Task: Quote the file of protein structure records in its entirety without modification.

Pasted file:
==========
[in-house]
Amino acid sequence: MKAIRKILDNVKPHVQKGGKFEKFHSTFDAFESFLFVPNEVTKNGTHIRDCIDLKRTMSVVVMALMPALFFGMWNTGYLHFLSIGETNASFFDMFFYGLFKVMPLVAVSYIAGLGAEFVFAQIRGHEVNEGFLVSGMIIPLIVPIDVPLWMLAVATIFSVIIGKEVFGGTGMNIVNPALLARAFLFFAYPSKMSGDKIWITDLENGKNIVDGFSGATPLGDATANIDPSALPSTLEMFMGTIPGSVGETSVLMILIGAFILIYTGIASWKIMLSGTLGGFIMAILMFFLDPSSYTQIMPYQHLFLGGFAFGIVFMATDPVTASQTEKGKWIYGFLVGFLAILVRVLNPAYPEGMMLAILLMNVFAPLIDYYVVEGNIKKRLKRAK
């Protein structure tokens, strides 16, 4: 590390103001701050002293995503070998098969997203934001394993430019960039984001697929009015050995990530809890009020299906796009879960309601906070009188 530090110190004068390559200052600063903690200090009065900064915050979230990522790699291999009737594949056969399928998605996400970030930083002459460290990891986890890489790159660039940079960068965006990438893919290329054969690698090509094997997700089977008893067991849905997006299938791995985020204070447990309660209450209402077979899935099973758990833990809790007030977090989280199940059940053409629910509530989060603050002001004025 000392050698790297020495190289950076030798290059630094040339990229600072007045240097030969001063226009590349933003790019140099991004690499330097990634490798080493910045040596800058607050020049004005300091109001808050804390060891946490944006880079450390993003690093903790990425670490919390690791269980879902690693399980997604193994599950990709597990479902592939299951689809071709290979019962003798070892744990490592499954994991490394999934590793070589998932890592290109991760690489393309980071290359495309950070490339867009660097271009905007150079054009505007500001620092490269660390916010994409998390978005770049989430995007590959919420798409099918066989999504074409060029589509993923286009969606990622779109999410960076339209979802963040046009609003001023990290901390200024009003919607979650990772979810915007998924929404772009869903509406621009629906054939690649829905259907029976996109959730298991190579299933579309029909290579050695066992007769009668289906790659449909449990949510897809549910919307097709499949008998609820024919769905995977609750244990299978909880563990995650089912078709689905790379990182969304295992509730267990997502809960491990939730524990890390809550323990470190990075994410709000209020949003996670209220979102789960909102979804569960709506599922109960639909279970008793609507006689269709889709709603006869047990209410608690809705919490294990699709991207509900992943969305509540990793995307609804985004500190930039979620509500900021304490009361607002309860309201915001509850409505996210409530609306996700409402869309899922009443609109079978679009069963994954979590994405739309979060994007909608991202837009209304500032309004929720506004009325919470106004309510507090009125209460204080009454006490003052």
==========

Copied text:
[in-house]
Amino acid sequence: MKAIRKILDNVKPHVQKGGKFEKFHSTFDAFESFLFVPNEVTKNGTHIRDCIDLKRTMSVVVMALMPALFFGMWNTGYLHFLSIGETNASFFDMFFYGLFKVMPLVAVSYIAGLGAEFVFAQIRGHEVNEGFLVSGMIIPLIVPIDVPLWMLAVATIFSVIIGKEVFGGTGMNIVNPALLARAFLFFAYPSKMSGDKIWITDLENGKNIVDGFSGATPLGDATANIDPSALPSTLEMFMGTIPGSVGETSVLMILIGAFILIYTGIASWKIMLSGTLGGFIMAILMFFLDPSSYTQIMPYQHLFLGGFAFGIVFMATDPVTASQTEKGKWIYGFLVGFLAILVRVLNPAYPEGMMLAILLMNVFAPLIDYYVVEGNIKKRLKRAK
């Protein structure tokens, strides 16, 4: 590390103001701050002293995503070998098969997203934001394993430019960039984001697929009015050995990530809890009020299906796009879960309601906070009188 530090110190004068390559200052600063903690200090009065900064915050979230990522790699291999009737594949056969399928998605996400970030930083002459460290990891986890890489790159660039940079960068965006990438893919290329054969690698090509094997997700089977008893067991849905997006299938791995985020204070447990309660209450209402077979899935099973758990833990809790007030977090989280199940059940053409629910509530989060603050002001004025 000392050698790297020495190289950076030798290059630094040339990229600072007045240097030969001063226009590349933003790019140099991004690499330097990634490798080493910045040596800058607050020049004005300091109001808050804390060891946490944006880079450390993003690093903790990425670490919390690791269980879902690693399980997604193994599950990709597990479902592939299951689809071709290979019962003798070892744990490592499954994991490394999934590793070589998932890592290109991760690489393309980071290359495309950070490339867009660097271009905007150079054009505007500001620092490269660390916010994409998390978005770049989430995007590959919420798409099918066989999504074409060029589509993923286009969606990622779109999410960076339209979802963040046009609003001023990290901390200024009003919607979650990772979810915007998924929404772009869903509406621009629906054939690649829905259907029976996109959730298991190579299933579309029909290579050695066992007769009668289906790659449909449990949510897809549910919307097709499949008998609820024919769905995977609750244990299978909880563990995650089912078709689905790379990182969304295992509730267990997502809960491990939730524990890390809550323990470190990075994410709000209020949003996670209220979102789960909102979804569960709506599922109960639909279970008793609507006689269709889709709603006869047990209410608690809705919490294990699709991207509900992943969305509540990793995307609804985004500190930039979620509500900021304490009361607002309860309201915001509850409505996210409530609306996700409402869309899922009443609109079978679009069963994954979590994405739309979060994007909608991202837009209304500032309004929720506004009325919470106004309510507090009125209460204080009454006490003052």